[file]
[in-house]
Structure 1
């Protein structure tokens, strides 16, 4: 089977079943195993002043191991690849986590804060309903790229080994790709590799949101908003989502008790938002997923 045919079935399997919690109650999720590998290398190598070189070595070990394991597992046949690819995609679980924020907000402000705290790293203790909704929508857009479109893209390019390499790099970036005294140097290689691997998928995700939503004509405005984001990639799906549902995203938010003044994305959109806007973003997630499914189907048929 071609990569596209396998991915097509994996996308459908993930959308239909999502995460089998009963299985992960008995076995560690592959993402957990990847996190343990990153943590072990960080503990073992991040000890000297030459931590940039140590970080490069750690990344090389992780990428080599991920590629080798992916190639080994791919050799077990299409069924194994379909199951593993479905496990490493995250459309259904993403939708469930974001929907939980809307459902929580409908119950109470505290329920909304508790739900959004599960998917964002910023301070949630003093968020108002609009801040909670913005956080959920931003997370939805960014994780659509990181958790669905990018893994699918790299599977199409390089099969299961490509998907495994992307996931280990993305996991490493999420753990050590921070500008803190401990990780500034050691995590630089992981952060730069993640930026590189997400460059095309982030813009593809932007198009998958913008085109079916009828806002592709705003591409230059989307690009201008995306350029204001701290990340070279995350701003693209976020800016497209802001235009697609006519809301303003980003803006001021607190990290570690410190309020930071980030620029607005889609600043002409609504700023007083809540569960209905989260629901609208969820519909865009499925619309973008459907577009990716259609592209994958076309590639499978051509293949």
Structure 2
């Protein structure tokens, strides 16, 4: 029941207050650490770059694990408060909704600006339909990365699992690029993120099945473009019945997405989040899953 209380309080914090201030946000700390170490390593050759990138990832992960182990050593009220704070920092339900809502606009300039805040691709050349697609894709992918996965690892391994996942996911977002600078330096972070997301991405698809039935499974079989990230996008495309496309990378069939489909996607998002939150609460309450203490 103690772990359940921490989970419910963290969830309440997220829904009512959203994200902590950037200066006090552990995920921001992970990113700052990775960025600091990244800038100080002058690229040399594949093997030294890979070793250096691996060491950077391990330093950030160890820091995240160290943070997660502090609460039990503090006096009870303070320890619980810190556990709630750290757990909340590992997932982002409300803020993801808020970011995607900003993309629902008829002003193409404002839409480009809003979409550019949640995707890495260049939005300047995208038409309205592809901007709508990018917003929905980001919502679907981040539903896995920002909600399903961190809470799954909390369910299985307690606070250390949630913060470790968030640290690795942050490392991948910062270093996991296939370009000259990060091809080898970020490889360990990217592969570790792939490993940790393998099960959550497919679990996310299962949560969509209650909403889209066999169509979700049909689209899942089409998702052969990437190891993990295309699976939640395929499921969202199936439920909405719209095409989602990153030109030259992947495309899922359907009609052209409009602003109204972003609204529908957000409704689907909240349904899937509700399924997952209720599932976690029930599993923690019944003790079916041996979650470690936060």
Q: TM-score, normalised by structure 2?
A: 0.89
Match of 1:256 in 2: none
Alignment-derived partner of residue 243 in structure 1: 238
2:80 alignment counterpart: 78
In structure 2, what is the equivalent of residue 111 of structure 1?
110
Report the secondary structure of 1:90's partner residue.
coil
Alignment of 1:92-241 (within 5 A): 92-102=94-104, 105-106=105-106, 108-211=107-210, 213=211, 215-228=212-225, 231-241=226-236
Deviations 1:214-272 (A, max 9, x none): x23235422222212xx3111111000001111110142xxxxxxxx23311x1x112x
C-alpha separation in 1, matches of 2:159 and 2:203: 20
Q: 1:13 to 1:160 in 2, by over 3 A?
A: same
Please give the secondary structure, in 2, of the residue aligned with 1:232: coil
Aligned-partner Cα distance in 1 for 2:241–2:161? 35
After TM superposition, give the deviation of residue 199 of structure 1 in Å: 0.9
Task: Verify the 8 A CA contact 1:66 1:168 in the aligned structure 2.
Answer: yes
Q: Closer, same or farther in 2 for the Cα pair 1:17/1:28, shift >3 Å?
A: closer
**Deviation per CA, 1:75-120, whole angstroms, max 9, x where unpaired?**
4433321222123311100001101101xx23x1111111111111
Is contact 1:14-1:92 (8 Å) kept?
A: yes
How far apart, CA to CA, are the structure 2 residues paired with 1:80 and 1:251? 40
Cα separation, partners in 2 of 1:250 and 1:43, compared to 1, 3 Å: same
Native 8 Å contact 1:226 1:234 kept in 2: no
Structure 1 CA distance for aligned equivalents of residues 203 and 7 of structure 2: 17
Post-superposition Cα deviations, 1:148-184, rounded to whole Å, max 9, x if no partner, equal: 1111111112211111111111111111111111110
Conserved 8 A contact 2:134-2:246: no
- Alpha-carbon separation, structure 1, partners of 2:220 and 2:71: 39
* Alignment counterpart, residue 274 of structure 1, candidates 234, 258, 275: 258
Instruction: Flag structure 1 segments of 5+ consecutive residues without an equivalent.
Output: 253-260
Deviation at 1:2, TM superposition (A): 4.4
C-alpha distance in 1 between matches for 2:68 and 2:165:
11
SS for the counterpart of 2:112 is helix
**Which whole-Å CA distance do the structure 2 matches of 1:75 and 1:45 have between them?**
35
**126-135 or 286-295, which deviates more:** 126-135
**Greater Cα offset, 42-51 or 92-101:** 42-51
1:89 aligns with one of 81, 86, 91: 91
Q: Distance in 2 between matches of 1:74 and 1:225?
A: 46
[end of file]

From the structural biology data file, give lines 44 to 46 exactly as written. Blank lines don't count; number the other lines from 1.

SS for the counterpart of 2:112 is helix
**Which whole-Å CA distance do the structure 2 matches of 1:75 and 1:45 have between them?**
35